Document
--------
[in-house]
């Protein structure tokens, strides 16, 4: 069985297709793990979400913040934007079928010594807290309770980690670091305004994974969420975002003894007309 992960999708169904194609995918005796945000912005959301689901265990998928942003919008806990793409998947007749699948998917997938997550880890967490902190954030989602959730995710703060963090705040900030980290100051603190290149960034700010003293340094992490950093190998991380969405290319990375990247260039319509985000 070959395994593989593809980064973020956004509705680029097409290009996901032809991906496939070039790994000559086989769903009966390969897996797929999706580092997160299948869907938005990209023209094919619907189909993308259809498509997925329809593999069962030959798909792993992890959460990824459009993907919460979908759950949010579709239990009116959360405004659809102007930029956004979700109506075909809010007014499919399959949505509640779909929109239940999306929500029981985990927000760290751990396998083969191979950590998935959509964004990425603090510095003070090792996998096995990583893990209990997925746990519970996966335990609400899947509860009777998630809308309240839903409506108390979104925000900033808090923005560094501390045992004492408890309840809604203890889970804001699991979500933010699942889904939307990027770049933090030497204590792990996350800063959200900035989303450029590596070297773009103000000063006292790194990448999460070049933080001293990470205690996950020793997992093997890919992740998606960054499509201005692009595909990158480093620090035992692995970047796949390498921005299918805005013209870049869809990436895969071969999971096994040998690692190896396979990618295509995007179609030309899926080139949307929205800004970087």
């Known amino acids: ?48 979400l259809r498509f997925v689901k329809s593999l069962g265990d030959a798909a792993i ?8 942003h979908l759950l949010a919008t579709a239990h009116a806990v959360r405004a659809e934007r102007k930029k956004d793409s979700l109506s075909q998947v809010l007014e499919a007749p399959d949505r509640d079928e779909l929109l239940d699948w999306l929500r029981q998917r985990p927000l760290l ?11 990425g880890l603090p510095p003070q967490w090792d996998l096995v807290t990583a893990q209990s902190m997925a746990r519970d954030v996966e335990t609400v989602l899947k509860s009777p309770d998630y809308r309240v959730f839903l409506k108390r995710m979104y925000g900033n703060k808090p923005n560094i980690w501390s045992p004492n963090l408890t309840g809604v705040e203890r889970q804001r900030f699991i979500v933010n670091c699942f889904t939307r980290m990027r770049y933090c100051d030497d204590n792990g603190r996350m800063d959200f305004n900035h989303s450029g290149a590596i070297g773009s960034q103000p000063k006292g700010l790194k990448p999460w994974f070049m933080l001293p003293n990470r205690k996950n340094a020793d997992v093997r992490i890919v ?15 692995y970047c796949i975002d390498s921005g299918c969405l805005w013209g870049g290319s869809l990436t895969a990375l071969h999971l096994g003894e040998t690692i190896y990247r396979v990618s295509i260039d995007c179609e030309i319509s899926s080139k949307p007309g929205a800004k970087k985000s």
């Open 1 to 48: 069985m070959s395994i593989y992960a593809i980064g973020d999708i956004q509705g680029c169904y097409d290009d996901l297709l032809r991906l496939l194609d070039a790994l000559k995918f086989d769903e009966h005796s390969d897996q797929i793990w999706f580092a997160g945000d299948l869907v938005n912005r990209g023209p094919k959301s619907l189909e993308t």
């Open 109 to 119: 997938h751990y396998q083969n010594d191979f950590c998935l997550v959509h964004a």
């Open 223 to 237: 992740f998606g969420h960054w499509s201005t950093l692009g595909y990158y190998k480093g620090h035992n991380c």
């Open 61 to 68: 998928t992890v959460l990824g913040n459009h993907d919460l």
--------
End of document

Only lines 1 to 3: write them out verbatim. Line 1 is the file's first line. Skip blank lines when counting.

[in-house]
């Protein structure tokens, strides 16, 4: 069985297709793990979400913040934007079928010594807290309770980690670091305004994974969420975002003894007309 992960999708169904194609995918005796945000912005959301689901265990998928942003919008806990793409998947007749699948998917997938997550880890967490902190954030989602959730995710703060963090705040900030980290100051603190290149960034700010003293340094992490950093190998991380969405290319990375990247260039319509985000 070959395994593989593809980064973020956004509705680029097409290009996901032809991906496939070039790994000559086989769903009966390969897996797929999706580092997160299948869907938005990209023209094919619907189909993308259809498509997925329809593999069962030959798909792993992890959460990824459009993907919460979908759950949010579709239990009116959360405004659809102007930029956004979700109506075909809010007014499919399959949505509640779909929109239940999306929500029981985990927000760290751990396998083969191979950590998935959509964004990425603090510095003070090792996998096995990583893990209990997925746990519970996966335990609400899947509860009777998630809308309240839903409506108390979104925000900033808090923005560094501390045992004492408890309840809604203890889970804001699991979500933010699942889904939307990027770049933090030497204590792990996350800063959200900035989303450029590596070297773009103000000063006292790194990448999460070049933080001293990470205690996950020793997992093997890919992740998606960054499509201005692009595909990158480093620090035992692995970047796949390498921005299918805005013209870049869809990436895969071969999971096994040998690692190896396979990618295509995007179609030309899926080139949307929205800004970087």
């Known amino acids: ?48 979400l259809r498509f997925v689901k329809s593999l069962g265990d030959a798909a792993i ?8 942003h979908l759950l949010a919008t579709a239990h009116a806990v959360r405004a659809e934007r102007k930029k956004d793409s979700l109506s075909q998947v809010l007014e499919a007749p399959d949505r509640d079928e779909l929109l239940d699948w999306l929500r029981q998917r985990p927000l760290l ?11 990425g880890l603090p510095p003070q967490w090792d996998l096995v807290t990583a893990q209990s902190m997925a746990r519970d954030v996966e335990t609400v989602l899947k509860s009777p309770d998630y809308r309240v959730f839903l409506k108390r995710m979104y925000g900033n703060k808090p923005n560094i980690w501390s045992p004492n963090l408890t309840g809604v705040e203890r889970q804001r900030f699991i979500v933010n670091c699942f889904t939307r980290m990027r770049y933090c100051d030497d204590n792990g603190r996350m800063d959200f305004n900035h989303s450029g290149a590596i070297g773009s960034q103000p000063k006292g700010l790194k990448p999460w994974f070049m933080l001293p003293n990470r205690k996950n340094a020793d997992v093997r992490i890919v ?15 692995y970047c796949i975002d390498s921005g299918c969405l805005w013209g870049g290319s869809l990436t895969a990375l071969h999971l096994g003894e040998t690692i190896y990247r396979v990618s295509i260039d995007c179609e030309i319509s899926s080139k949307p007309g929205a800004k970087k985000s």